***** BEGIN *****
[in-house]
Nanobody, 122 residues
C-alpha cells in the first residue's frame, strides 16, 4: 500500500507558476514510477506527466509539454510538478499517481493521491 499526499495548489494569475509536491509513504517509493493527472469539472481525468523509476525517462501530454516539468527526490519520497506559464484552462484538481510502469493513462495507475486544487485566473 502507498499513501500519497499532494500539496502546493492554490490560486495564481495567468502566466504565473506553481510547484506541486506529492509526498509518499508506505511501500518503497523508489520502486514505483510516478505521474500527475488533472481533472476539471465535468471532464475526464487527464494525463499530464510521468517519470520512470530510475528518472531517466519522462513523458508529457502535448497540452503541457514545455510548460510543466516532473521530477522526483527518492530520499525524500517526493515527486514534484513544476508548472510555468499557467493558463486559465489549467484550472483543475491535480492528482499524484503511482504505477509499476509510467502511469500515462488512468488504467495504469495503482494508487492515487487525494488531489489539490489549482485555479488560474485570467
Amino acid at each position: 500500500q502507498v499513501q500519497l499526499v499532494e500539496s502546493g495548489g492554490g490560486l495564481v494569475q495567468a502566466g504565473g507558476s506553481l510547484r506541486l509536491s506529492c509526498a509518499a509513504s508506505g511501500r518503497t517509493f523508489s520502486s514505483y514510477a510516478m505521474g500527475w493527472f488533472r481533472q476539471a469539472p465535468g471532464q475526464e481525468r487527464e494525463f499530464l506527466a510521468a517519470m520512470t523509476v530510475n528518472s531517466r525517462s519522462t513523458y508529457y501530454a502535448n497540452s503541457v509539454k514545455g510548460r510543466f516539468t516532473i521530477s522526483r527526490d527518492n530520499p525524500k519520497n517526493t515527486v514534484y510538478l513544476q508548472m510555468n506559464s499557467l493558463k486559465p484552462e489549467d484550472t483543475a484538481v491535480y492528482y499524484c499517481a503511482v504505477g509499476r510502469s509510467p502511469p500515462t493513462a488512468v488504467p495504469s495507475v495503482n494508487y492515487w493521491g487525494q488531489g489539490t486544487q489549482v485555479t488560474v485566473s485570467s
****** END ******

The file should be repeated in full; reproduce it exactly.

[in-house]
Nanobody, 122 residues
C-alpha cells in the first residue's frame, strides 16, 4: 500500500507558476514510477506527466509539454510538478499517481493521491 499526499495548489494569475509536491509513504517509493493527472469539472481525468523509476525517462501530454516539468527526490519520497506559464484552462484538481510502469493513462495507475486544487485566473 502507498499513501500519497499532494500539496502546493492554490490560486495564481495567468502566466504565473506553481510547484506541486506529492509526498509518499508506505511501500518503497523508489520502486514505483510516478505521474500527475488533472481533472476539471465535468471532464475526464487527464494525463499530464510521468517519470520512470530510475528518472531517466519522462513523458508529457502535448497540452503541457514545455510548460510543466516532473521530477522526483527518492530520499525524500517526493515527486514534484513544476508548472510555468499557467493558463486559465489549467484550472483543475491535480492528482499524484503511482504505477509499476509510467502511469500515462488512468488504467495504469495503482494508487492515487487525494488531489489539490489549482485555479488560474485570467
Amino acid at each position: 500500500q502507498v499513501q500519497l499526499v499532494e500539496s502546493g495548489g492554490g490560486l495564481v494569475q495567468a502566466g504565473g507558476s506553481l510547484r506541486l509536491s506529492c509526498a509518499a509513504s508506505g511501500r518503497t517509493f523508489s520502486s514505483y514510477a510516478m505521474g500527475w493527472f488533472r481533472q476539471a469539472p465535468g471532464q475526464e481525468r487527464e494525463f499530464l506527466a510521468a517519470m520512470t523509476v530510475n528518472s531517466r525517462s519522462t513523458y508529457y501530454a502535448n497540452s503541457v509539454k514545455g510548460r510543466f516539468t516532473i521530477s522526483r527526490d527518492n530520499p525524500k519520497n517526493t515527486v514534484y510538478l513544476q508548472m510555468n506559464s499557467l493558463k486559465p484552462e489549467d484550472t483543475a484538481v491535480y492528482y499524484c499517481a503511482v504505477g509499476r510502469s509510467p502511469p500515462t493513462a488512468v488504467p495504469s495507475v495503482n494508487y492515487w493521491g487525494q488531489g489539490t486544487q489549482v485555479t488560474v485566473s485570467s